Gods are watching and so what? Moralistic supernatural punishment across 15 cultures
|Článek v odborném periodiku
|Časopis / Zdroj
|Evolutionary Human Sciences
|Fakulta / Pracoviště MU
|Behavioural economics; cognitive anthropology; cultural evolutionary psychology; evolutionary and cognitive science of religion; free-list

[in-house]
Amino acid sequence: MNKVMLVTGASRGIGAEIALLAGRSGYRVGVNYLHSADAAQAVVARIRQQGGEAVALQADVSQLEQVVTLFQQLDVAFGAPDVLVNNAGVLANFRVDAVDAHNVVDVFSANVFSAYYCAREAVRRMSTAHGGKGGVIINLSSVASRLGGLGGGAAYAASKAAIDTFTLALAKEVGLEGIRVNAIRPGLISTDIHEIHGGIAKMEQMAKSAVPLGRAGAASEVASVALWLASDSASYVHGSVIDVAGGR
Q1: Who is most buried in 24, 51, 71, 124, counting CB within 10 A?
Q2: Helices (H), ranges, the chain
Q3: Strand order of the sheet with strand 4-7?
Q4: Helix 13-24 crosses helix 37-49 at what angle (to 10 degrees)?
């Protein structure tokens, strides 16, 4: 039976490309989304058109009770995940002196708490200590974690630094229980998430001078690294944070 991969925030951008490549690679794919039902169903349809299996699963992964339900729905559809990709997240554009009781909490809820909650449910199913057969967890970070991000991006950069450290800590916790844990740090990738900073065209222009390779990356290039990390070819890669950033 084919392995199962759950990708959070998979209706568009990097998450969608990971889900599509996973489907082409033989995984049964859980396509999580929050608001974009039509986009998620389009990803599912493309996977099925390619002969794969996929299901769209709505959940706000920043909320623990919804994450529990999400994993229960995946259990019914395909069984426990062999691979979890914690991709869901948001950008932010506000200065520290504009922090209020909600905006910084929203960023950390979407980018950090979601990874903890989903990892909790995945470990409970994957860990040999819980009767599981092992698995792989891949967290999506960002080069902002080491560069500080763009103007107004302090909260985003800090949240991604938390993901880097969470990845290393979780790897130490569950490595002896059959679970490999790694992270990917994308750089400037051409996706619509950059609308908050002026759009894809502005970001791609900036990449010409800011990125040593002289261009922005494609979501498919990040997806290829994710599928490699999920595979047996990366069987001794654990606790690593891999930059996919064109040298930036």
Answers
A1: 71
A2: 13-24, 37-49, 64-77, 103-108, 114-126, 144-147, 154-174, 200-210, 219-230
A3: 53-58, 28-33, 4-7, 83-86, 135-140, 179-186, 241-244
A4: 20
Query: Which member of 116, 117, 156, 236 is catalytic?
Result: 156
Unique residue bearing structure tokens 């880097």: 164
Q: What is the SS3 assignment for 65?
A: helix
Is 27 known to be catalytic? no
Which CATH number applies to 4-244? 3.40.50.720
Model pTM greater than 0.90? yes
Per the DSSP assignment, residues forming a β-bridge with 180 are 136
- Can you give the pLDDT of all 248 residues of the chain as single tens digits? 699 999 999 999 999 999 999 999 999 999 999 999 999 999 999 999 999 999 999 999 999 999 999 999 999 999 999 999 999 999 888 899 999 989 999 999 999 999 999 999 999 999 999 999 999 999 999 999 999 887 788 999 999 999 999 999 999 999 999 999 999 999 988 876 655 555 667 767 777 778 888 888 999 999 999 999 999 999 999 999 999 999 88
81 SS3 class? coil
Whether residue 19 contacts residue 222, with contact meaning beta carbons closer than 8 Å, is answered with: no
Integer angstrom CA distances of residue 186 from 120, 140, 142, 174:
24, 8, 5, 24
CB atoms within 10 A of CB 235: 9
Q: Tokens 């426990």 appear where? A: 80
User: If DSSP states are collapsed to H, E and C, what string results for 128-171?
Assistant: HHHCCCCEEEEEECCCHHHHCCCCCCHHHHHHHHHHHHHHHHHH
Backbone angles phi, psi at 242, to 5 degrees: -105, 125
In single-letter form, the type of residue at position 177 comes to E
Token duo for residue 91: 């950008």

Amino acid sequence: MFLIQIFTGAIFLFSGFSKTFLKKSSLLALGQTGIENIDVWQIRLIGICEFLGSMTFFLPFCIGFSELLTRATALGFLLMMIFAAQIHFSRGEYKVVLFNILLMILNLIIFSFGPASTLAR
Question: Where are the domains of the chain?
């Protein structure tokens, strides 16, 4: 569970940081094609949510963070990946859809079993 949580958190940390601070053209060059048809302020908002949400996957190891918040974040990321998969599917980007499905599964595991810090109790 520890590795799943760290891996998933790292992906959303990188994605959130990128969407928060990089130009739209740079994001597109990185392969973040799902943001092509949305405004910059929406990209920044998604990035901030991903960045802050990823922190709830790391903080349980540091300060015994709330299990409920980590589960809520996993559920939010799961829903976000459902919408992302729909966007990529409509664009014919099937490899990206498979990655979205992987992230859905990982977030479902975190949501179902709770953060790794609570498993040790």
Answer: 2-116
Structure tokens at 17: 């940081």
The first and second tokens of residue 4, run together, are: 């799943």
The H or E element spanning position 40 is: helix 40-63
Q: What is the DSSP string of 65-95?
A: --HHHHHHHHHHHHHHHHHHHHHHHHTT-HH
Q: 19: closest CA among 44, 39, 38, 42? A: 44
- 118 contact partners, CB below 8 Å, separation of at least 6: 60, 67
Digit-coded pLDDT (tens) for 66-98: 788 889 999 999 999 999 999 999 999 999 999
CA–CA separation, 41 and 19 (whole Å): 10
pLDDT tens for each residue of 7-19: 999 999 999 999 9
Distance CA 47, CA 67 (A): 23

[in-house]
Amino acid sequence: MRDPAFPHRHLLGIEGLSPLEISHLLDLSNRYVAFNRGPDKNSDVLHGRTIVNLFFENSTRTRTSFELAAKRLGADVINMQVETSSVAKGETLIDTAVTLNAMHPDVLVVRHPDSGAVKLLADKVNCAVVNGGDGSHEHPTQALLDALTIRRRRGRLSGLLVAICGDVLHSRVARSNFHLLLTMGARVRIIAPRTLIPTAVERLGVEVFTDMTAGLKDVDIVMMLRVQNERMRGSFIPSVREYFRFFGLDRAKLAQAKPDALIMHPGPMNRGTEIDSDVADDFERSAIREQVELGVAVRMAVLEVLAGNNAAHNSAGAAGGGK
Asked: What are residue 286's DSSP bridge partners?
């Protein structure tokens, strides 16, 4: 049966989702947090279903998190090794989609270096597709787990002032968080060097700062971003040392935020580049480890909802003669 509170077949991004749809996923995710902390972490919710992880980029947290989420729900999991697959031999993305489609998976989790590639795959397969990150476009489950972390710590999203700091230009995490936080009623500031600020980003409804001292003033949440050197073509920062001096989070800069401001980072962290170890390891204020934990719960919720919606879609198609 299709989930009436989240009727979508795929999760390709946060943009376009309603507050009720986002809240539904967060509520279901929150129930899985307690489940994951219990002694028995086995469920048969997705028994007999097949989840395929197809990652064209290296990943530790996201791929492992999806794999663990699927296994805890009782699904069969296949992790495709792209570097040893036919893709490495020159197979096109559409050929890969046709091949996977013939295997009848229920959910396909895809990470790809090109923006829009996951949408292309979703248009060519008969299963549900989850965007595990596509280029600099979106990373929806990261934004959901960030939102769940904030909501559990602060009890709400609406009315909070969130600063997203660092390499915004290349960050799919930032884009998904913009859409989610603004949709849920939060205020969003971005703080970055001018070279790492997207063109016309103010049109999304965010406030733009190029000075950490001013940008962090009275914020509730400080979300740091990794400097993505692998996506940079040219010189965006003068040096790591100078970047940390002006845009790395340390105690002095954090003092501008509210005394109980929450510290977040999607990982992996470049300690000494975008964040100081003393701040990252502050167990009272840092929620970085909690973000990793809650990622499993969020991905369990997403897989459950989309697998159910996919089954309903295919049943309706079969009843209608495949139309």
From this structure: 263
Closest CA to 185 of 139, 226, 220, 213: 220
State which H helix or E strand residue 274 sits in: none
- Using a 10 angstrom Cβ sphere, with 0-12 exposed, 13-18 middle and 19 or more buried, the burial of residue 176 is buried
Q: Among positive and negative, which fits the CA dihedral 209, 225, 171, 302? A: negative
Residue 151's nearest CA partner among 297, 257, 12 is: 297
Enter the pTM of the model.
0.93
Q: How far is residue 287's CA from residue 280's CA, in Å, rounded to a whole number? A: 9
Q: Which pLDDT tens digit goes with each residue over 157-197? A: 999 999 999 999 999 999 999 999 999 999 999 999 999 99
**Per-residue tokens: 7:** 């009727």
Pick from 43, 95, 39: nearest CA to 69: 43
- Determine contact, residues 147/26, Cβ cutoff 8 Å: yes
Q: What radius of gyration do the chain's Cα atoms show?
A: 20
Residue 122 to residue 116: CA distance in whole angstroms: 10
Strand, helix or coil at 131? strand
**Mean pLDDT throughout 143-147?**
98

|Psychological and cultural evolutionary accounts of human sociality propose that beliefs in punitive and monitoring gods that care about moral norms facilitate cooperation. While there is some evidence to sug- gest that belief in supernatural punishment and monitoring generally induce cooperative behaviour, the effect of a deity’s explicitly postulated moral concerns on cooperation remains unclear. Here, we report a pre-registered set of analyses to assess whether perceiving a locally relevant deity as moralistic predicts cooperative play in two permutations of two economic games using data from up to 15 diverse field sites. Across games, results suggest that gods’ moral concerns do not play a direct, cross-culturally reliable role in motivating cooperative behaviour. The study contributes substantially to the current literature by test- ing a central hypothesis in the evolutionary and cognitive science of religion with a large and culturally diverse dataset using behavioural and ethnographically rich methods.